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Gluts

From Biology-Online Dictionary | Biology-Online Dictionary
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Glut

1. To swallow, or to swallow greedlly; to gorge. Though every drop of water swear against it, And gape at widest to glut him. (Shak)

2. To fill to satiety; to satisfy fully the desire or craving of; to satiate; to sate; to cloy. His faithful heart, a bloody sacrifice, Torn from his breast, to glut the tyrants eyes. (Dryden) The realms of nature and of art were ransacked to glut the wonder, lust, and ferocity of a degraded populace. (c. Kingsley) to glut the market, to furnish an oversupply of any article of trade, so that there is no sale for it.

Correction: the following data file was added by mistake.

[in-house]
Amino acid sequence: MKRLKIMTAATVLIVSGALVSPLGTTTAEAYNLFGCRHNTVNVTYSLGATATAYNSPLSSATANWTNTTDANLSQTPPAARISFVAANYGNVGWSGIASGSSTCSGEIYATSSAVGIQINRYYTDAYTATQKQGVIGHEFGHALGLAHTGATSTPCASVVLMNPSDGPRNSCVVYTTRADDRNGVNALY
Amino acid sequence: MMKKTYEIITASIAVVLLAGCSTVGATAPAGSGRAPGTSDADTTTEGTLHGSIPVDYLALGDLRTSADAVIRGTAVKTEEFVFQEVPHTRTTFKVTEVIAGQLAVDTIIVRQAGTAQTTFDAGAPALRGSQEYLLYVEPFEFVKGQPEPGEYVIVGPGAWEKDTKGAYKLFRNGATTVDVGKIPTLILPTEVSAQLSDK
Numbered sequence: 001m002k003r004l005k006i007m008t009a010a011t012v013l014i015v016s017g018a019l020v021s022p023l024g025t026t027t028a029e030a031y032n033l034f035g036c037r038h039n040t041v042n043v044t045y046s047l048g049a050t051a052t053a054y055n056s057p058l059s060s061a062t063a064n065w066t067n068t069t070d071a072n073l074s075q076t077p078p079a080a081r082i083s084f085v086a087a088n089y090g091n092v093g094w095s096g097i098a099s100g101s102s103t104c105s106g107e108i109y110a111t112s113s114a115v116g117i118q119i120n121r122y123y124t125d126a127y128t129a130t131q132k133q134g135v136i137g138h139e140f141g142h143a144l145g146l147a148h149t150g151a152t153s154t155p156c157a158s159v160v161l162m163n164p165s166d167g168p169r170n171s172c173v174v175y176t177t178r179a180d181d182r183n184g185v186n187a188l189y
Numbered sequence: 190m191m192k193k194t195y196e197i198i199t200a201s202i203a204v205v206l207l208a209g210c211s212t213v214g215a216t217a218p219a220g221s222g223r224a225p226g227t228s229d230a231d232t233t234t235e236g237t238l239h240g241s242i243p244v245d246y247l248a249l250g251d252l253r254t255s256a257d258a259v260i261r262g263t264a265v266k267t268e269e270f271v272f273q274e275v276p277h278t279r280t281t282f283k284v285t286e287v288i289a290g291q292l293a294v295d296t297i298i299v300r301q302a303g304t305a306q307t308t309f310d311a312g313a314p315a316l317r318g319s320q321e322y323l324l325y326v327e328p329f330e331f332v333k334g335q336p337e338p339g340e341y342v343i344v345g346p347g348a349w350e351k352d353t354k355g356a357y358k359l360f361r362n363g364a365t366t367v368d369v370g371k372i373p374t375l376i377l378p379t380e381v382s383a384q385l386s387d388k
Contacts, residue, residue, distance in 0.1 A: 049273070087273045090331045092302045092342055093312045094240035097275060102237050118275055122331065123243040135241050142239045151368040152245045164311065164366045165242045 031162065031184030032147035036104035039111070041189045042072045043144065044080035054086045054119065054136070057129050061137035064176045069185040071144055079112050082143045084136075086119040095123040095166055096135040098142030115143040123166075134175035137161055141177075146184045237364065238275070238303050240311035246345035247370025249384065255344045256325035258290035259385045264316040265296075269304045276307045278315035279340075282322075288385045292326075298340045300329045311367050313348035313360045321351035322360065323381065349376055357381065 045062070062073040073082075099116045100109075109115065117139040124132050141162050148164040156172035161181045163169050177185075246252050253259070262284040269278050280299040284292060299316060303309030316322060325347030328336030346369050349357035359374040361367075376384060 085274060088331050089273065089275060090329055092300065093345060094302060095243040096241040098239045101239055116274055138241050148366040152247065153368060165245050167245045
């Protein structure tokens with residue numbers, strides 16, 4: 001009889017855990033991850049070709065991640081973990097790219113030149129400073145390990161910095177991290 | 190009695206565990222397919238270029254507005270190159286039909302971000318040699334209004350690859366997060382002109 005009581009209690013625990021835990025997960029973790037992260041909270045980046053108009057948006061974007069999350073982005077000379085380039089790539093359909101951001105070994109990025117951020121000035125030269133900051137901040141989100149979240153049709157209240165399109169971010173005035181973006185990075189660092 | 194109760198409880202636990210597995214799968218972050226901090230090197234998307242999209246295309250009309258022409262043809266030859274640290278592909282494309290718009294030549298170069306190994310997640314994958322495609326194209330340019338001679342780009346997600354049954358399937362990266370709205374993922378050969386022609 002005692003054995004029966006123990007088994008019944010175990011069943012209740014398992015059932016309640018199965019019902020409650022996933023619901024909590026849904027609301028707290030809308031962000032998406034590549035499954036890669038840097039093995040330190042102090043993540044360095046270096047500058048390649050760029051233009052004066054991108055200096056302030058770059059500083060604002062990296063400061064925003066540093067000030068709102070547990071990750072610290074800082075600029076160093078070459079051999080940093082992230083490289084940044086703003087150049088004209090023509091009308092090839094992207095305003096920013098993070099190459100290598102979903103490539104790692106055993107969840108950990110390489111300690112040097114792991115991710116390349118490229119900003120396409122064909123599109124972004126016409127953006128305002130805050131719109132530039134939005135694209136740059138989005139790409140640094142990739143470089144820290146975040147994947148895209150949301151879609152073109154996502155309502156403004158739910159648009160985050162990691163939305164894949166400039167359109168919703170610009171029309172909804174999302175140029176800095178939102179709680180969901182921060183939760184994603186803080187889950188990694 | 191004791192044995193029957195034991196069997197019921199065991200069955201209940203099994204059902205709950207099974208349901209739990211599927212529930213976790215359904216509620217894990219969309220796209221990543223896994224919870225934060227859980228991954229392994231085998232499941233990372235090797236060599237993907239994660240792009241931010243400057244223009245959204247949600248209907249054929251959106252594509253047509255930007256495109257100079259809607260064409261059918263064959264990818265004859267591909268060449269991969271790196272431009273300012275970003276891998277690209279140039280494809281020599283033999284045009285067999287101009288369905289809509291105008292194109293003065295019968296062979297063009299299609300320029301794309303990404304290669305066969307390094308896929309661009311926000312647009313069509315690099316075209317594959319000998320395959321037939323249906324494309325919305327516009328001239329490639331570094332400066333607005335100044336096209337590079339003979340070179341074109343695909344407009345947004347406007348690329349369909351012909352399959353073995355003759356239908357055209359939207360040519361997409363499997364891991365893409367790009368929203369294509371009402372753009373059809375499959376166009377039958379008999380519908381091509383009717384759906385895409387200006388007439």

Origin: oe. Glotten, fr. OF. Glotir, gloutir, L. Glutire, gluttire; cf. Gr. To eat, Skr. Gar. Cf. Gluttion, Englut.

1. That which is swallowed.

2. Plenty, to satiety or repletion; a full supply; hence, often, a supply beyond sufficiency or to loathing; over abundance; as, a glut of the market. A glut of those talents which raise men to eminence. (Macaulay)

3. Something that fills up an opening; a clog.

4. A wooden wedge used in splitting blocks.

An arched opening to the ashpit of a klin. A block used for a fulcrum.

5. (Science: zoology) The broad-nosed eel (Anguilla latirostris), found in Europe, asia, the west indies, etc.